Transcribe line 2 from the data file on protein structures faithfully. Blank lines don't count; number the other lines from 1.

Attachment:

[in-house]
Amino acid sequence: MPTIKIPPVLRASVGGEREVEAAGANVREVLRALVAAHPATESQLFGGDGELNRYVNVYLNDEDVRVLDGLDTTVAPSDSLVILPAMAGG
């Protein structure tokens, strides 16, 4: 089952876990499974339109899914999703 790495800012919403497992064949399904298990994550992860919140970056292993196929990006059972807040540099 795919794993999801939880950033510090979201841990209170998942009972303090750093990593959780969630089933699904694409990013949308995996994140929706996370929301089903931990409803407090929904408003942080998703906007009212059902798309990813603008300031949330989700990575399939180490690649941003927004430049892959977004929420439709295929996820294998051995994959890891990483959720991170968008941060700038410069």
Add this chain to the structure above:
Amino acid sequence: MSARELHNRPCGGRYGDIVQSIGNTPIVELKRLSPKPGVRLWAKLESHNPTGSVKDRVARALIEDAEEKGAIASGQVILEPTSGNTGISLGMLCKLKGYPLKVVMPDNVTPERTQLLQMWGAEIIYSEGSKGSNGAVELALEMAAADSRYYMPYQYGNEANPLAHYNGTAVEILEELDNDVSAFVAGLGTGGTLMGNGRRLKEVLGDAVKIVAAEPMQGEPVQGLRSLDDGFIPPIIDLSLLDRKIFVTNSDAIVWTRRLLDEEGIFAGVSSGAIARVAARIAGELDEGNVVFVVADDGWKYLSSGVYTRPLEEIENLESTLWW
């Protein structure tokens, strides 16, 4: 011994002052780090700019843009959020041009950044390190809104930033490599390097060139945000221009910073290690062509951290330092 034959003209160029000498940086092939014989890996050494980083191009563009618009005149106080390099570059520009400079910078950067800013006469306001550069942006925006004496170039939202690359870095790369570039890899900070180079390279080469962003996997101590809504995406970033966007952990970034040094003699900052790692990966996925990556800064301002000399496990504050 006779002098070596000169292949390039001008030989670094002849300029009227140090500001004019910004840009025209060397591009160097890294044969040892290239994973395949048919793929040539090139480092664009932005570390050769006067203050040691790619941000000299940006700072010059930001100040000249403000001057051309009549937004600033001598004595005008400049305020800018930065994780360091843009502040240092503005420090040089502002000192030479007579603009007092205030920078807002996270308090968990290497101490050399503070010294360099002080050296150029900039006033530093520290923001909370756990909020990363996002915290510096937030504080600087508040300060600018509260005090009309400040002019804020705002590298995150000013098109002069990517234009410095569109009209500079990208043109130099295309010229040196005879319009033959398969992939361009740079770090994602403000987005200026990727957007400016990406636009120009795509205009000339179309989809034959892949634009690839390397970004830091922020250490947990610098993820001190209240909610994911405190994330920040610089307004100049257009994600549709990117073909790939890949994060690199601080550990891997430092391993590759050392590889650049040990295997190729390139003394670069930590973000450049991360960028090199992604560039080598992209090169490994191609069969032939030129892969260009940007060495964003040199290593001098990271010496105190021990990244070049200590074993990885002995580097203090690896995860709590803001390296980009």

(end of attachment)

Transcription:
Amino acid sequence: MPTIKIPPVLRASVGGEREVEAAGANVREVLRALVAAHPATESQLFGGDGELNRYVNVYLNDEDVRVLDGLDTTVAPSDSLVILPAMAGG